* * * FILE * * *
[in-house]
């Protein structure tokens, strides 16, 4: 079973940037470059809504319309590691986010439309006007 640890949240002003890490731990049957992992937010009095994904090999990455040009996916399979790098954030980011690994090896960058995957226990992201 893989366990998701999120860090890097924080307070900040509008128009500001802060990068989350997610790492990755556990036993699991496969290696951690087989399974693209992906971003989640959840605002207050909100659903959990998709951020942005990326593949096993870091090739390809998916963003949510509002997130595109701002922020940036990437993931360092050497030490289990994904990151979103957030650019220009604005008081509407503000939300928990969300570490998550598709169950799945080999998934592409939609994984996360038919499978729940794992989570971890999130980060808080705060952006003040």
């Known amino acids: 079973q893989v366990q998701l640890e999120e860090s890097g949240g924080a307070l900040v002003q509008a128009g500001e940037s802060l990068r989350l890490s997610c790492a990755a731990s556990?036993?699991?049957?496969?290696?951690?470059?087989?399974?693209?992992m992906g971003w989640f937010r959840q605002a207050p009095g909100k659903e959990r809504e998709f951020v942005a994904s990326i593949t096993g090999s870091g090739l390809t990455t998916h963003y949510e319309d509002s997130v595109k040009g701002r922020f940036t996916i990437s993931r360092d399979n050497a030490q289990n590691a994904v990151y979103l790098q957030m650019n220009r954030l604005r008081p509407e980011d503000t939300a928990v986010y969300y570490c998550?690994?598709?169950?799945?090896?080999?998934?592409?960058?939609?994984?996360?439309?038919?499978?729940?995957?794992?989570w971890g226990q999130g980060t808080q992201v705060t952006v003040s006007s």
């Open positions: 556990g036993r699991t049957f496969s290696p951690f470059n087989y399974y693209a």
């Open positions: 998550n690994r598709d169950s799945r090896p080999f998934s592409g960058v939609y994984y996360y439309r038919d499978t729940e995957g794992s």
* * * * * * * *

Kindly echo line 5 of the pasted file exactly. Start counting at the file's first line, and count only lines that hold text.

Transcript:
């Open positions: 998550n690994r598709d169950s799945r090896p080999f998934s592409g960058v939609y994984y996360y439309r038919d499978t729940e995957g794992s």